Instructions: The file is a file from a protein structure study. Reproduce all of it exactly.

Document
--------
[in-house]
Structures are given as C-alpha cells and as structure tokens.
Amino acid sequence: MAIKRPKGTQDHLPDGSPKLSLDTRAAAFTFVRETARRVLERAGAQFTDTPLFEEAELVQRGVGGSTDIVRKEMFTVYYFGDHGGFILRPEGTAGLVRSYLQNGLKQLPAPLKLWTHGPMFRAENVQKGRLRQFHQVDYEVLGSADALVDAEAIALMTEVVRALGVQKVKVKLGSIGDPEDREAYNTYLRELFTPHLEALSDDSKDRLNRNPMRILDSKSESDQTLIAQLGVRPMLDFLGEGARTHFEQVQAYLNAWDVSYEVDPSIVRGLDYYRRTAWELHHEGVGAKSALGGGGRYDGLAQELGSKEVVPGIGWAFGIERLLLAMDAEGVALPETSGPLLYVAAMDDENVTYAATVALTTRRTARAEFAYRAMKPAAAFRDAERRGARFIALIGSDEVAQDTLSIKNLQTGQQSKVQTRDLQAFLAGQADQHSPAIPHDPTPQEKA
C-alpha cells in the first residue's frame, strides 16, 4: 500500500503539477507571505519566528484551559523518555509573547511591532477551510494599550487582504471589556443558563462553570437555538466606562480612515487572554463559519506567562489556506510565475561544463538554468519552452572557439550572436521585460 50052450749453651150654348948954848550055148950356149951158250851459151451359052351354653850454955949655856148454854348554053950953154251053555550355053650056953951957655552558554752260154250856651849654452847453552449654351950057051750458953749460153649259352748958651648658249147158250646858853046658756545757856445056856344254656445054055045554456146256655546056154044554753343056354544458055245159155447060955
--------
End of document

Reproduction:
[in-house]
Structures are given as C-alpha cells and as structure tokens.
Amino acid sequence: MAIKRPKGTQDHLPDGSPKLSLDTRAAAFTFVRETARRVLERAGAQFTDTPLFEEAELVQRGVGGSTDIVRKEMFTVYYFGDHGGFILRPEGTAGLVRSYLQNGLKQLPAPLKLWTHGPMFRAENVQKGRLRQFHQVDYEVLGSADALVDAEAIALMTEVVRALGVQKVKVKLGSIGDPEDREAYNTYLRELFTPHLEALSDDSKDRLNRNPMRILDSKSESDQTLIAQLGVRPMLDFLGEGARTHFEQVQAYLNAWDVSYEVDPSIVRGLDYYRRTAWELHHEGVGAKSALGGGGRYDGLAQELGSKEVVPGIGWAFGIERLLLAMDAEGVALPETSGPLLYVAAMDDENVTYAATVALTTRRTARAEFAYRAMKPAAAFRDAERRGARFIALIGSDEVAQDTLSIKNLQTGQQSKVQTRDLQAFLAGQADQHSPAIPHDPTPQEKA
C-alpha cells in the first residue's frame, strides 16, 4: 500500500503539477507571505519566528484551559523518555509573547511591532477551510494599550487582504471589556443558563462553570437555538466606562480612515487572554463559519506567562489556506510565475561544463538554468519552452572557439550572436521585460 50052450749453651150654348948954848550055148950356149951158250851459151451359052351354653850454955949655856148454854348554053950953154251053555550355053650056953951957655552558554752260154250856651849654452847453552449654351950057051750458953749460153649259352748958651648658249147158250646858853046658756545757856445056856344254656445054055045554456146256655546056154044554753343056354544458055245159155447060955